In Texas, More People Are Losing Their Health Insurance as COVID Cases Climb

Steve Alvarez started feeling sick around Father’s Day weekend this year. His symptoms started as mild, but developed into a fever, chills and shortness of breath he couldn’t shake.

“Just when I started to get to feeling better and I would have a couple of good days,” Alvarez said. “I felt like I’d backtrack and I was just really run down. This thing lingered and lingered.”

Alvarez, a Tejano musician who lives in the San Antonio area, said he eventually got a free COVID-19 test provided by the city of San Antonio. A week later, he found out he tested positive for the coronavirus.

Steve Alvarez stands with his wife, Regina. Alvarez is a Tejano musician who had no health insurance when he was diagnosed with COVID-19. Money has been tight because the pandemic dried up his musical gigs.

Alvarez and his wife — who also became infected — never

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As Cases Spike, California Pauses Multimillion-Dollar Testing Expansion

In April, Gov. Gavin Newsom launched a multimillion-dollar state initiative to bring COVID-19 testing to the people and places with the least access: rural towns and disadvantaged inner-city neighborhoods.

California is now halting its expansion, citing costs, even as the state is getting walloped by record-setting spikes in new infections and double-digit increases in hospitalizations.

The state will no longer fund new testing sites despite pleas from counties for additional assistance — and it has closed some locations and moved them elsewhere. It also has threatened to pull testing out of underused sites, according to nearly two dozen interviews with county public health officials.

While it’s early, some winners and losers have emerged: El Dorado County, east of Sacramento, lost its testing site in the town of Shingle Springs in June

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As COVID Cases Spike, California Shifts Its Strategy

Coronavirus infections are rising so fast in Fresno County that California public health officials have identified it as one of nearly a dozen counties entering dangerous territory as economies reopen.

Cases there have more than doubled over the past month, and county residents are testing positive at nearly twice the rate of Californians as a whole. Outbreaks at nursing homes and Avenal State Prison in nearby Kings County — where more than 900 inmates and workers have been infected — are big contributors.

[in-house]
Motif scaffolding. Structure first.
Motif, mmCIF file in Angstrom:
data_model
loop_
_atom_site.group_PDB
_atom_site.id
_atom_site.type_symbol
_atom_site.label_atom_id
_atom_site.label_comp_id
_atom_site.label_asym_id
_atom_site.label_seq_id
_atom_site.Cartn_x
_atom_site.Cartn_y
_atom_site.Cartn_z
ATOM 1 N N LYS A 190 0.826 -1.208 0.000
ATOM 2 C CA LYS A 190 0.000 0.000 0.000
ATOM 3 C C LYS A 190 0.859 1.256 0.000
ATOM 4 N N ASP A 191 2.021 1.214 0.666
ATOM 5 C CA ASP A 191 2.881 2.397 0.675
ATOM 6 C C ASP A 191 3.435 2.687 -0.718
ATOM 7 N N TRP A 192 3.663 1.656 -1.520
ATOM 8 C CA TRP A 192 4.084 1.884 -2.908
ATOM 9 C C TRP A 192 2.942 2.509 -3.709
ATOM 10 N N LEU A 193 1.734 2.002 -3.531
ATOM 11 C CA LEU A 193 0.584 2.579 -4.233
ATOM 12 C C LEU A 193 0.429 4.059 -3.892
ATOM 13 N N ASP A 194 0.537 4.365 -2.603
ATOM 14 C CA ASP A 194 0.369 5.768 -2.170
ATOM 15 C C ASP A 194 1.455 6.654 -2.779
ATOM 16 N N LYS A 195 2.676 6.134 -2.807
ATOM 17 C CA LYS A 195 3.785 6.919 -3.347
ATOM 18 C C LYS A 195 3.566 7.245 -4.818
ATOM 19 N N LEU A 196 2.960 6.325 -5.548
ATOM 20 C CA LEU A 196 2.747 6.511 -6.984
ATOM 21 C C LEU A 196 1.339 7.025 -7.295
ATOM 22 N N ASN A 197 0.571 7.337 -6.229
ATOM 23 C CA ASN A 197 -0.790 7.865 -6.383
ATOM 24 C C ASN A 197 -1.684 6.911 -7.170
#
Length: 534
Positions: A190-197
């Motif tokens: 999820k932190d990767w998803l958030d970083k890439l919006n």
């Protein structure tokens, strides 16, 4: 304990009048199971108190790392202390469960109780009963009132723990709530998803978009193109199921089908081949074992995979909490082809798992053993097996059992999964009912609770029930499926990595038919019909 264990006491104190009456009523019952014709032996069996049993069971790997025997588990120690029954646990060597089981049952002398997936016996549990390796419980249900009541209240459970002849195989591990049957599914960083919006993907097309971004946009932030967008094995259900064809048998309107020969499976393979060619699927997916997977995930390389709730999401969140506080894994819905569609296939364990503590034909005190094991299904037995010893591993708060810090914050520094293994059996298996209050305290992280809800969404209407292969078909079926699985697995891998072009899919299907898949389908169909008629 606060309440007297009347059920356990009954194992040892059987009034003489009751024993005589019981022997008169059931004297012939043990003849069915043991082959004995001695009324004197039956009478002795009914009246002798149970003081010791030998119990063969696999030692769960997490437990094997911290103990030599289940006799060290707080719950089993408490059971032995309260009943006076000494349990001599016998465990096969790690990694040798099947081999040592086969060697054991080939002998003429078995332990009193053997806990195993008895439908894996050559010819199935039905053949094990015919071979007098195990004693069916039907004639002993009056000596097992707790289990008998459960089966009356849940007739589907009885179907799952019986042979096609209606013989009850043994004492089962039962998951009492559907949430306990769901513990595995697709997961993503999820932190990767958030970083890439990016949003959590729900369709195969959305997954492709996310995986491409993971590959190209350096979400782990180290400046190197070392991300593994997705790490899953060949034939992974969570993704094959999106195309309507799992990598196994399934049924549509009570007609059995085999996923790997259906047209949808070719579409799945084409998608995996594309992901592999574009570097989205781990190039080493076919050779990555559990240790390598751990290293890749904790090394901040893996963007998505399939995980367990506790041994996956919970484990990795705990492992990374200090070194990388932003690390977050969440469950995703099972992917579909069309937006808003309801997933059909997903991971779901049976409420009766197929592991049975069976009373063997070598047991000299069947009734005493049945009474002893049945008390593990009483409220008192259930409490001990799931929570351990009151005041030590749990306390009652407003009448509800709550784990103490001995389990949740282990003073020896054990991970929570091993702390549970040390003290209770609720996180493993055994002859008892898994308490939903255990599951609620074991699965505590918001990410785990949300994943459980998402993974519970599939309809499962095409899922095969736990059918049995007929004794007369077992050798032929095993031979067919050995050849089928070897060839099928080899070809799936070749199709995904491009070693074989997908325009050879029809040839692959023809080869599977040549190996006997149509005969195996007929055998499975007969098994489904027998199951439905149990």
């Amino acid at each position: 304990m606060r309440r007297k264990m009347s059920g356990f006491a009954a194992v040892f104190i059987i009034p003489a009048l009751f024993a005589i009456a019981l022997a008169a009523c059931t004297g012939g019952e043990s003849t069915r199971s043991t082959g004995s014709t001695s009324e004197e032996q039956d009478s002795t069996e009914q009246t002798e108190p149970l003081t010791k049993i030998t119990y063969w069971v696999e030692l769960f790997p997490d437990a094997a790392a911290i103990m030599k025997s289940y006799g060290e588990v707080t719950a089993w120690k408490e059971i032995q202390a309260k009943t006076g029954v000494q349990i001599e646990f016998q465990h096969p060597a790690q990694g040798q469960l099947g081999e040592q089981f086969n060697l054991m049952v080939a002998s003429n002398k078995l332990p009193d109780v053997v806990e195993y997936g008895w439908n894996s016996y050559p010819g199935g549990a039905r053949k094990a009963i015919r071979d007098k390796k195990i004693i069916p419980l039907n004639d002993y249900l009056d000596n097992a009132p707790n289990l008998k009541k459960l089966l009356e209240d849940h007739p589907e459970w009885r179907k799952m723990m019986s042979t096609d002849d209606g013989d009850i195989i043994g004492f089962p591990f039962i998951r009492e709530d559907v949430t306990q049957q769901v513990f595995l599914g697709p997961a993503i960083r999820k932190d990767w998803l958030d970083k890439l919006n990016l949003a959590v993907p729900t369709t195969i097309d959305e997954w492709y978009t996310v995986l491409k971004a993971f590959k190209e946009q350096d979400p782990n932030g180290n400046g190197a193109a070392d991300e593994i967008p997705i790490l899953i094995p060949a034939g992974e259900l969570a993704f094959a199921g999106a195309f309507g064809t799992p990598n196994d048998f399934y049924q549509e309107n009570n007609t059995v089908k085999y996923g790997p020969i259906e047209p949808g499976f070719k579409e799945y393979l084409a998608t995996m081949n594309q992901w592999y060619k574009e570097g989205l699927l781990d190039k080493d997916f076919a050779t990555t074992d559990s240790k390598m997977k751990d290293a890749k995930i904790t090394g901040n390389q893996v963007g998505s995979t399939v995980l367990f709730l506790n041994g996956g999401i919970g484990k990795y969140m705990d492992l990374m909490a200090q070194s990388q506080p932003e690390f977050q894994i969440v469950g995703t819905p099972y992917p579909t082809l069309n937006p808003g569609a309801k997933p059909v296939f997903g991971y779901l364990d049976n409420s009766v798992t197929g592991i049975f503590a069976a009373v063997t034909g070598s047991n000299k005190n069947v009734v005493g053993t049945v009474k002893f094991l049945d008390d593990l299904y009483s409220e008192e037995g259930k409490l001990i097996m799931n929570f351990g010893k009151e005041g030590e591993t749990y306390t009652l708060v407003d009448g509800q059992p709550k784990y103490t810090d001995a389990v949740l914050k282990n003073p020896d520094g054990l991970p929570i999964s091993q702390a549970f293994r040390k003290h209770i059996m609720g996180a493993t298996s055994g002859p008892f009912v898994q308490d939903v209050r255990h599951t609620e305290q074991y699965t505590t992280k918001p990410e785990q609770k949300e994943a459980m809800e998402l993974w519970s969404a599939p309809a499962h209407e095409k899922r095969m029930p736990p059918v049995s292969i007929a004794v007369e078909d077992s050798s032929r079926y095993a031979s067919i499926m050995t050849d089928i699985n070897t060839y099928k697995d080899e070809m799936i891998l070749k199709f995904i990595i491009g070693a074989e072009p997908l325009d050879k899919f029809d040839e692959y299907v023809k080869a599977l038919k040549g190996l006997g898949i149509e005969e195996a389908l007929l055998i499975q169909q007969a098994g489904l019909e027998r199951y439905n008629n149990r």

But Fresno County’s health officer, Dr. Rais Vohra, fears the crisis could get worse because people are mingling in ways unimaginable three months ago. Family gatherings and celebrations among friends are causing infection rates to climb quicker than expected, giving the disease fertile territory to spread exponentially in homes and workplaces.

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Health Experts Link Rise In Arizona COVID Cases To End Of Stay-At-Home Order

With new daily coronavirus cases rising in at least two dozen states, an explosion of new infections in Arizona is stretching some hospitals and alarming public health experts who link the surge in cases to the state’s lifting of a stay-at-home order a month ago.

Arizona has emerged as one of the country’s newest coronavirus hot spots, with the weekly average of daily cases more than doubling from two weeks ago. The total number of people hospitalized is climbing, too.

Over the past week, Arizona has seen an average of more than 1,300 new COVID-19 cases each day.

After the state’s largest hospital system warned about a shortage of ICU beds, Arizona Gov. Doug Ducey, a Republican, pushed back on claims that the health care system could soon be overwhelmed.

“The entire time we’ve been focused on a possible worst-case scenario with surge capacity for hospital beds, ICU beds and

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